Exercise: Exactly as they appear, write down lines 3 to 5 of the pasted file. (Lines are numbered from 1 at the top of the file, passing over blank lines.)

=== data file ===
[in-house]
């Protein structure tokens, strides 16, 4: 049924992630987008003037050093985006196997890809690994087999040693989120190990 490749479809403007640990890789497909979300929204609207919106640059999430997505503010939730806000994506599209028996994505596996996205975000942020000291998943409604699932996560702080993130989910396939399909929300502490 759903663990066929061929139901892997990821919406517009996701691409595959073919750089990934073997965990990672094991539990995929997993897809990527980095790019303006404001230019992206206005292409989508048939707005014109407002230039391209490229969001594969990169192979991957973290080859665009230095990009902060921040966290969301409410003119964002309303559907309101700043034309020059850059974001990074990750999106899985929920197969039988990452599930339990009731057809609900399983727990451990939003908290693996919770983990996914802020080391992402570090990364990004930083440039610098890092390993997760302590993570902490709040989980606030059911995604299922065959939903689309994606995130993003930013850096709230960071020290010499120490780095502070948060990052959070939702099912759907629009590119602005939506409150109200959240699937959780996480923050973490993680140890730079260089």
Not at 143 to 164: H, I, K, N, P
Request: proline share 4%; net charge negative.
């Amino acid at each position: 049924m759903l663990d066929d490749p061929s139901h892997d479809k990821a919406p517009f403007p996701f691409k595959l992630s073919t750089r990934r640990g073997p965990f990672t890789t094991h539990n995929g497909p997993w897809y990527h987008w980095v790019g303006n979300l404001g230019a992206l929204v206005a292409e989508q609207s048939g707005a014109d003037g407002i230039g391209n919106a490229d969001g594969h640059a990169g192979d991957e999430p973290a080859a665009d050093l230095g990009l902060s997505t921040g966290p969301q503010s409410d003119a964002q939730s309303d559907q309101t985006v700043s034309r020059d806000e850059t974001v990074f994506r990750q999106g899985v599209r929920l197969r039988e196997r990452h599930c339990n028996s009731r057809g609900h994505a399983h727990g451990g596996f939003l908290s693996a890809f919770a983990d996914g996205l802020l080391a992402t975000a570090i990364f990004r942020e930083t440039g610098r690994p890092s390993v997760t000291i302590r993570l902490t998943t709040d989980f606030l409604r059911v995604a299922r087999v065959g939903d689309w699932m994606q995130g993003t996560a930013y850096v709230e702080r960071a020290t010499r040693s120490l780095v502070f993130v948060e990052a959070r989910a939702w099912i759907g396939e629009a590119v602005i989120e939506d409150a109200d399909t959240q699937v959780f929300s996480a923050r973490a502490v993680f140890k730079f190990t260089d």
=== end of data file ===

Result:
Not at 143 to 164: H, I, K, N, P
Request: proline share 4%; net charge negative.
């Amino acid at each position: 049924m759903l663990d066929d490749p061929s139901h892997d479809k990821a919406p517009f403007p996701f691409k595959l992630s073919t750089r990934r640990g073997p965990f990672t890789t094991h539990n995929g497909p997993w897809y990527h987008w980095v790019g303006n979300l404001g230019a992206l929204v206005a292409e989508q609207s048939g707005a014109d003037g407002i230039g391209n919106a490229d969001g594969h640059a990169g192979d991957e999430p973290a080859a665009d050093l230095g990009l902060s997505t921040g966290p969301q503010s409410d003119a964002q939730s309303d559907q309101t985006v700043s034309r020059d806000e850059t974001v990074f994506r990750q999106g899985v599209r929920l197969r039988e196997r990452h599930c339990n028996s009731r057809g609900h994505a399983h727990g451990g596996f939003l908290s693996a890809f919770a983990d996914g996205l802020l080391a992402t975000a570090i990364f990004r942020e930083t440039g610098r690994p890092s390993v997760t000291i302590r993570l902490t998943t709040d989980f606030l409604r059911v995604a299922r087999v065959g939903d689309w699932m994606q995130g993003t996560a930013y850096v709230e702080r960071a020290t010499r040693s120490l780095v502070f993130v948060e990052a959070r989910a939702w099912i759907g396939e629009a590119v602005i989120e939506d409150a109200d399909t959240q699937v959780f929300s996480a923050r973490a502490v993680f140890k730079f190990t260089d």